LI's Latino Catholics cheer Argentine pope

Violeta Torrejon from North Babylons pray during a

Violeta Torrejon from North Babylons pray during a Latino Charismatic Prayer service held at Our Lady of the Miraculous Medal Roman Catholic Church in Wyandanch. (March 13, 2013) (Credit: Newsday/Thomas A. Ferrara)

Some of Long Island's Latinos reacted with surprise and joy that the new pope hailed from Latin America -- a first -- while others said they hoped Pope Francis can overcome scandal in the Roman Catholic Church and be a beacon of peace for all the world.

At a news conference Wednesday not long after Cardinal Jorge Mario Bergoglio of Buenos Aires was elected pope, Bishop William Murphy, head of the Catholic Diocese of Rockville Centre, said Bergoglio's selection will mean a great deal to Long Island's many Latino Catholics.

"Latin America has been the Catholic continent in our hemisphere," Murphy said. "I think this is a great sign, not only to many people here, but to many people across Latin America."


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Pope Francis, the 266th pontiff, is the first to hail from the Americas and the first from outside Europe in a millennium.

Hugo Garcia, a native of Mendoza, Argentina, who owns Cafe Buenos Aires in downtown Huntington, said he never expected to have a pope from Argentina, calling it "unbelievable."

Garcia recalled news reports that suggested a pope could come from the ranks of cardinals in Italy, or perhaps Brazil. He thought then, he said, how "wonderful it could be" if a cardinal from Brazil were selected, since that would represent South America.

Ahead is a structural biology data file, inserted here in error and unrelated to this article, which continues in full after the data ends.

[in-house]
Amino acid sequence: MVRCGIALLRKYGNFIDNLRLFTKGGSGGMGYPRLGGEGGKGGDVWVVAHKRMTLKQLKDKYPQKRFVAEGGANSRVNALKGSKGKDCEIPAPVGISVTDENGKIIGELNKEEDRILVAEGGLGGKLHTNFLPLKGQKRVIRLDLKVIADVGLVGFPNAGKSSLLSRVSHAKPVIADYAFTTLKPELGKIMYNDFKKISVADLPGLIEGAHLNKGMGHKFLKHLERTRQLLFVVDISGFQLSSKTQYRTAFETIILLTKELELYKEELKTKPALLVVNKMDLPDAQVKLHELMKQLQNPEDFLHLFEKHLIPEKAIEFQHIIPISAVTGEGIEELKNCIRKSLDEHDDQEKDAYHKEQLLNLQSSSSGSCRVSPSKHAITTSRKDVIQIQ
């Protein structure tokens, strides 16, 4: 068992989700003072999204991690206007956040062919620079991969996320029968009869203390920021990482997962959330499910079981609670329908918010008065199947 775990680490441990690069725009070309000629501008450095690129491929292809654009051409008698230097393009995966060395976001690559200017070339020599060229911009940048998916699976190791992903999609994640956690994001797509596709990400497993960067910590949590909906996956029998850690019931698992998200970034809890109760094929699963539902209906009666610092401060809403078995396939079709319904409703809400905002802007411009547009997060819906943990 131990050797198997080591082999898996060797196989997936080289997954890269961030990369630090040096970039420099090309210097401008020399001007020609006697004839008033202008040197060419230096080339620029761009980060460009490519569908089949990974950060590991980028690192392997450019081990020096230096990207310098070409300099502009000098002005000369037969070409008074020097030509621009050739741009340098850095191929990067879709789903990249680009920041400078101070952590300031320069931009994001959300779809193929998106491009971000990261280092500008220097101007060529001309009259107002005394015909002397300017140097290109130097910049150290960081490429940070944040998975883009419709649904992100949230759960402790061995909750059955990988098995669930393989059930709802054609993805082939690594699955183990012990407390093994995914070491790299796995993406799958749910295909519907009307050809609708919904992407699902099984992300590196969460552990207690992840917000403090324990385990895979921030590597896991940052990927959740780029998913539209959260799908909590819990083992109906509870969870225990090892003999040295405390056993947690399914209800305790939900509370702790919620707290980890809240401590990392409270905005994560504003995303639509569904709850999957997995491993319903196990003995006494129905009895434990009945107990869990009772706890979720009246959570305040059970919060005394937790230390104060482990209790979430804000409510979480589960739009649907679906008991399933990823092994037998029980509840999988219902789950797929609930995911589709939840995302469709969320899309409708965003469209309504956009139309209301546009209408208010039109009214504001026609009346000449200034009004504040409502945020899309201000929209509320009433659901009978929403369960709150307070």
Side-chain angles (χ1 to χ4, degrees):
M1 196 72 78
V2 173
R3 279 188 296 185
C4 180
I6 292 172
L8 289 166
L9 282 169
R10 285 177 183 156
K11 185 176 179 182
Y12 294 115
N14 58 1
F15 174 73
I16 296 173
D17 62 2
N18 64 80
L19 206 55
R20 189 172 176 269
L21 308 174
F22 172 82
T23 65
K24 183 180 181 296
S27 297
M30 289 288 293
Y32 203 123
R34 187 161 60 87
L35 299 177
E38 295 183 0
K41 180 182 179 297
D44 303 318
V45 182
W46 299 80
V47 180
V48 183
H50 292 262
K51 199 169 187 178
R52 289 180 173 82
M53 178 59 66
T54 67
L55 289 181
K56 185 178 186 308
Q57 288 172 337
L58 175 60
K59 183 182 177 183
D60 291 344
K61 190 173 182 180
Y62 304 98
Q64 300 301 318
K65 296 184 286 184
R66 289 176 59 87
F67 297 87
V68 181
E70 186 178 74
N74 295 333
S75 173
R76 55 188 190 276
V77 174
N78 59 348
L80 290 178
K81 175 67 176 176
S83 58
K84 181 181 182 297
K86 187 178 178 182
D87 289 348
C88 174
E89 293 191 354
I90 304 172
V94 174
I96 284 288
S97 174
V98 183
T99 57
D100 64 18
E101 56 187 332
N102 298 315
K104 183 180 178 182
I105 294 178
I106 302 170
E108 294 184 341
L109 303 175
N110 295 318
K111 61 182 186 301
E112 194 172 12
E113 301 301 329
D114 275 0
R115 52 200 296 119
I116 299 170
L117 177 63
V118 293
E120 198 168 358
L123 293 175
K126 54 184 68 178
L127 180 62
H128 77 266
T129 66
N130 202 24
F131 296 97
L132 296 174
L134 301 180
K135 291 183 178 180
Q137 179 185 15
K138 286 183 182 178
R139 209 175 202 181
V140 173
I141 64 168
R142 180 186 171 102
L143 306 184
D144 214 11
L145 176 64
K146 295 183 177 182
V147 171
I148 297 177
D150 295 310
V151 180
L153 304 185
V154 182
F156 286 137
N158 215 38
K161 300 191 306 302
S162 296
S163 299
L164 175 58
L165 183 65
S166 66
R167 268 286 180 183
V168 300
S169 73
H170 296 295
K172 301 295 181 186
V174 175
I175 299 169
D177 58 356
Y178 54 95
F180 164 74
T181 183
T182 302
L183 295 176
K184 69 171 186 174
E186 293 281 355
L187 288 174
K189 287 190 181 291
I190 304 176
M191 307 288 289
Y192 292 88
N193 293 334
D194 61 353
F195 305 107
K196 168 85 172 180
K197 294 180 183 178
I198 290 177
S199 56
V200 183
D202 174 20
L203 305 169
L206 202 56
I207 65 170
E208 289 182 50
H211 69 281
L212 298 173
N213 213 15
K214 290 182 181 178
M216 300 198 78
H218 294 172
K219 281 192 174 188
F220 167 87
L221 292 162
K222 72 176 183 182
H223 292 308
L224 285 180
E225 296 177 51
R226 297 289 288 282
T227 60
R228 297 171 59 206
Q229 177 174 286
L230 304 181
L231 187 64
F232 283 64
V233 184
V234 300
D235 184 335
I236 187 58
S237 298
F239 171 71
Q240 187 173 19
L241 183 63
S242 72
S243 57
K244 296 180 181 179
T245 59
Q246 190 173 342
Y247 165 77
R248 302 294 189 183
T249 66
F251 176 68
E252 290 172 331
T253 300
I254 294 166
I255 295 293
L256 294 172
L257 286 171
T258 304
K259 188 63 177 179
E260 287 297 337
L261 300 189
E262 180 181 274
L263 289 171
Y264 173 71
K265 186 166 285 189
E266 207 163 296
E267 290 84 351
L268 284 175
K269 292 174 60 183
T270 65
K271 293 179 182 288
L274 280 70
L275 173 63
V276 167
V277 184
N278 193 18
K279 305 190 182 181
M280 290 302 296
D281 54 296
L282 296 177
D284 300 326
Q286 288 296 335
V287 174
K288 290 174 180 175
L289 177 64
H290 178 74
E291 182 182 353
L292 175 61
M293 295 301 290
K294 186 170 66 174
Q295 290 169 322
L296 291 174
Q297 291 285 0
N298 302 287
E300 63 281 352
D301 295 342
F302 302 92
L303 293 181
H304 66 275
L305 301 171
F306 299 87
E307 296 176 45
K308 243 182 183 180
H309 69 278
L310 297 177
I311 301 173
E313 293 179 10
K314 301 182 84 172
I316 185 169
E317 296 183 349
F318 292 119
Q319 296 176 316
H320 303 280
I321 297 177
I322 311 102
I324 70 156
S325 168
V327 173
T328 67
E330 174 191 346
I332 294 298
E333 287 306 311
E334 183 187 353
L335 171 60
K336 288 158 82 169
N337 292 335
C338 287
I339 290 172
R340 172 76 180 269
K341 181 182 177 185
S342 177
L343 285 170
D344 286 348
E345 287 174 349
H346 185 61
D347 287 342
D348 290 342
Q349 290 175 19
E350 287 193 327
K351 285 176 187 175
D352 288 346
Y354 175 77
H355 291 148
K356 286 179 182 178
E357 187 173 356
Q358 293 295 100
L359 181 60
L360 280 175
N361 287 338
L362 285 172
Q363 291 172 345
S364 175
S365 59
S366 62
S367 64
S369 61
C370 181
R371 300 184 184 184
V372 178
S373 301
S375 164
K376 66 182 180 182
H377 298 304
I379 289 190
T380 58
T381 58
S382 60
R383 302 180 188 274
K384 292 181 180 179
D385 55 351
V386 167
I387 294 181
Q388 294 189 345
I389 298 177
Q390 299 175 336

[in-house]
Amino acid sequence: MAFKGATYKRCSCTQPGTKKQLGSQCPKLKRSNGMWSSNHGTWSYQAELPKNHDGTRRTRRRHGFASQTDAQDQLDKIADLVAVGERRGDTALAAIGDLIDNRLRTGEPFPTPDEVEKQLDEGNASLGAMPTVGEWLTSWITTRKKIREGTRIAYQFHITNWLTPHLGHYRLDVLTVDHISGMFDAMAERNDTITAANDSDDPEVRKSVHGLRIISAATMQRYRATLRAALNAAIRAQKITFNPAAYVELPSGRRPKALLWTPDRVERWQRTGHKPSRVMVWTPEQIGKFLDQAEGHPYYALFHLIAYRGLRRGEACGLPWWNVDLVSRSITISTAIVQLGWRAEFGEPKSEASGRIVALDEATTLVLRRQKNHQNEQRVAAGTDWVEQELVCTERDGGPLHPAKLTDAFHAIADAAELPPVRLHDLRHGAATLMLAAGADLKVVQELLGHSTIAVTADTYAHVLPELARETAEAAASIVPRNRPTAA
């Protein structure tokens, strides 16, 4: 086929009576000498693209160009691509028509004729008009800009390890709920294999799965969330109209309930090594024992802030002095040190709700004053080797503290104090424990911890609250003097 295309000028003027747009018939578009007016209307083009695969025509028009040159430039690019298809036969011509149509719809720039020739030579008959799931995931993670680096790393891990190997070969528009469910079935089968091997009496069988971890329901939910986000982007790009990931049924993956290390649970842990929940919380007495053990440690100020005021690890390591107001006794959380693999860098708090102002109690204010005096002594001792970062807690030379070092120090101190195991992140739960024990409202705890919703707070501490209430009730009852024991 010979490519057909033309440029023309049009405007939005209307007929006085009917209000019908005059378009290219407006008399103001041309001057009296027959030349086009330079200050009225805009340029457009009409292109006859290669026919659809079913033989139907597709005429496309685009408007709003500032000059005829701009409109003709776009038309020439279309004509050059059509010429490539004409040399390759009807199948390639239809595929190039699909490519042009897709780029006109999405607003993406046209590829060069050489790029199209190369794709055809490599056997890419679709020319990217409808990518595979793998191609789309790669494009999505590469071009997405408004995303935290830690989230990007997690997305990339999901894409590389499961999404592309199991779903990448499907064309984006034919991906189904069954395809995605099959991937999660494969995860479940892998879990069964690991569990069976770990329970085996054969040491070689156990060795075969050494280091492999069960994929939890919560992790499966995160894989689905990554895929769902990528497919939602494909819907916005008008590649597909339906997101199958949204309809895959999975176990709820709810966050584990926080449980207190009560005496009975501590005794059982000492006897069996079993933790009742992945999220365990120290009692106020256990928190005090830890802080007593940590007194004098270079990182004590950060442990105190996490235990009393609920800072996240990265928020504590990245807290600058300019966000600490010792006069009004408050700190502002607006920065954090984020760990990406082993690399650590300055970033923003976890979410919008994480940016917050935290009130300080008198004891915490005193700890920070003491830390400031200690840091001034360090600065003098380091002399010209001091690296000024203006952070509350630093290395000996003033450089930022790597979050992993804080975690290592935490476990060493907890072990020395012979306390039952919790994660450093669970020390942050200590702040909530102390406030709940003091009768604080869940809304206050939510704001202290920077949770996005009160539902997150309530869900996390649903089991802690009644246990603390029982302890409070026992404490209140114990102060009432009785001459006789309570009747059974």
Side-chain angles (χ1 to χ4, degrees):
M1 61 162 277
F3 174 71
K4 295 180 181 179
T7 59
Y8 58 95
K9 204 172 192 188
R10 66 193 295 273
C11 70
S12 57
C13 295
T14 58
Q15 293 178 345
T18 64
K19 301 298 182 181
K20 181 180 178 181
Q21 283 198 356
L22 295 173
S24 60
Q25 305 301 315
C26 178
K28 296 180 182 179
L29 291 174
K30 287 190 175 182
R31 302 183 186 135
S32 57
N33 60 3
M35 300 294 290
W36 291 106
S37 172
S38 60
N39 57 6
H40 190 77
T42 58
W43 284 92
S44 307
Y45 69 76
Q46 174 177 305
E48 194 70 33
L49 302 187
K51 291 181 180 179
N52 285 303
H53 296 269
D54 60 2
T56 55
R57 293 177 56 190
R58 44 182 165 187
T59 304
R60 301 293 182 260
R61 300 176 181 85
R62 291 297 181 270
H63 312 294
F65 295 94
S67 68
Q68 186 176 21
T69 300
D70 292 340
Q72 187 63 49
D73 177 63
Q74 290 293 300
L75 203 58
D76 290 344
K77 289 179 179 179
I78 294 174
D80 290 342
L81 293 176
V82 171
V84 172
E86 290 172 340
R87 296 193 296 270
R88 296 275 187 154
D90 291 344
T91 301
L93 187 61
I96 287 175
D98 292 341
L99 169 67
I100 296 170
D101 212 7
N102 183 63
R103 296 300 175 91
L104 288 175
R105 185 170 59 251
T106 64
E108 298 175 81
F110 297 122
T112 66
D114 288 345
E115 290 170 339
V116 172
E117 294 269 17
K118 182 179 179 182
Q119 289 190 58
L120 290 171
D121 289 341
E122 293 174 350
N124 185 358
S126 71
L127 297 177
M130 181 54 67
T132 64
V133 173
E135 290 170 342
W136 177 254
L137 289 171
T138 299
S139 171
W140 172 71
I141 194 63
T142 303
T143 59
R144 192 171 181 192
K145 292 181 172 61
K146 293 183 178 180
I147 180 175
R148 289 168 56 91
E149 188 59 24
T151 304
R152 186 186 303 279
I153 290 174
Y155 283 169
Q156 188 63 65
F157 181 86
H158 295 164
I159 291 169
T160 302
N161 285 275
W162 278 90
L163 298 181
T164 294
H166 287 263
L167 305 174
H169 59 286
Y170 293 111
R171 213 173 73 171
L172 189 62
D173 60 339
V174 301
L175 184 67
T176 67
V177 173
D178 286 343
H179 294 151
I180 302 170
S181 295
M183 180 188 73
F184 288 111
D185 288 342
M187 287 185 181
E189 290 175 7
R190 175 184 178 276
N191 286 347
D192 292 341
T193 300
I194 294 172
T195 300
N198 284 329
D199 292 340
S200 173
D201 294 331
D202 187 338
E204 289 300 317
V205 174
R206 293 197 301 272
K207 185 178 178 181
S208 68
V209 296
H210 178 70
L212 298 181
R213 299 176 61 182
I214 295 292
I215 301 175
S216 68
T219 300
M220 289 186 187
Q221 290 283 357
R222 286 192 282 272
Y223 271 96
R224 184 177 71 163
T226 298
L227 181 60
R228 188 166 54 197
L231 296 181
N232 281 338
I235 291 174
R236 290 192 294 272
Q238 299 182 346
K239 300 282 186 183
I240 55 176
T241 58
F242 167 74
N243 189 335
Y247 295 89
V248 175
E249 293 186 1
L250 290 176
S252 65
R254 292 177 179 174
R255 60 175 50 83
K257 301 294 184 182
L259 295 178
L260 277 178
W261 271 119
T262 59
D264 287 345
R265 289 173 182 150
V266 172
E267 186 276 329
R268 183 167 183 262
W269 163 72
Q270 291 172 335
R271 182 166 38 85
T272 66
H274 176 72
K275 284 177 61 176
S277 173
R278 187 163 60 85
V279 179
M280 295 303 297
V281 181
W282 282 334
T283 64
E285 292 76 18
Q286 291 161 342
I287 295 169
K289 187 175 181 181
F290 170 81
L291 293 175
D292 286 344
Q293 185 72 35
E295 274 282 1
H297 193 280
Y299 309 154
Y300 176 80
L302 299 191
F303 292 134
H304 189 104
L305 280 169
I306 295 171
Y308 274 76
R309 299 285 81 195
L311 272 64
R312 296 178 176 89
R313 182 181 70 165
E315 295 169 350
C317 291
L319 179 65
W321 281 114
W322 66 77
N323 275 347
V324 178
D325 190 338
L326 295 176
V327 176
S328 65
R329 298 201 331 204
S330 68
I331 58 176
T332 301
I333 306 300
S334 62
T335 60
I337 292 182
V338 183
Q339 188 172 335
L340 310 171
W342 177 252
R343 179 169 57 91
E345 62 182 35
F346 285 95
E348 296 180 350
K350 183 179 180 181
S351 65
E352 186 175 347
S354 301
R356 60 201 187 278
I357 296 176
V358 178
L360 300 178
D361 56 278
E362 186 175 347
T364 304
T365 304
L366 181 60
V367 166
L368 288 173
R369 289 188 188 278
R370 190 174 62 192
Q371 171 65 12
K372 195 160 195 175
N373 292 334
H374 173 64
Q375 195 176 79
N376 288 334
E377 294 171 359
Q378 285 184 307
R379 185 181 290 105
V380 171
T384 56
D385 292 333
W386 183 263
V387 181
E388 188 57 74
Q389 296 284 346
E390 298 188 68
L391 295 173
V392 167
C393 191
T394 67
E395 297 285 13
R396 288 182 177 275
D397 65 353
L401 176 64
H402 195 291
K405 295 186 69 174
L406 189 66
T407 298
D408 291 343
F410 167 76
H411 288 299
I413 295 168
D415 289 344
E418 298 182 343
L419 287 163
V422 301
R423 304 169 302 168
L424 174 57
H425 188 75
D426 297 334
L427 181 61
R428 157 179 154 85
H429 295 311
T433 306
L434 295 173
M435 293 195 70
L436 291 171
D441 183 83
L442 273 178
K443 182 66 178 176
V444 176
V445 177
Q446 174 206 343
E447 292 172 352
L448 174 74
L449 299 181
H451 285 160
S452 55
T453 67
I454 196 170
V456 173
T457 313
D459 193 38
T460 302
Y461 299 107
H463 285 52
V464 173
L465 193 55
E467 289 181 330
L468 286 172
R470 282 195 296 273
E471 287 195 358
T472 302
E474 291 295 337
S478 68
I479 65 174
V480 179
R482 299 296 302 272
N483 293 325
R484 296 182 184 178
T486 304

"Then when I heard the name and they said Argentina . . . I'm so happy. I'm very, very impressed. I wish him good luck, not only for South and North American people, but that he will find a way for peace all over the world."

Inside of Central Islip's St. John of God Catholic Church, a printout of the new pope's picture was posted on the front door to greet parishioners.

Margarita Ramos, 46, cheered Bergoglio's selection. "It's great news," she said. "It shows that no matter what part of the world you're from we can all have good hearts and good intentions," said Ramos, a native of El Salvador. She added the pope's nationality wasn't as important as having someone who could bring the church together.

Clara Garcia, 30, originally from El Salvador, said she hoped the new pope could veer the church from the sex abuse scandal. "I am still saddened by the things that have impacted our church," she said, adding she would pray that God "give the new pope guidance."

Her friend, Ana Mendez, 31, also of El Salvador, said she would refrain from stating an opinion on the new pope just because he spoke her native Spanish.

"It's beautiful that he represents Latin America," Mendez said, "but we also have to see what changes he will bring."

With Ann Givens, Deborah Morris and Laura Figueroa

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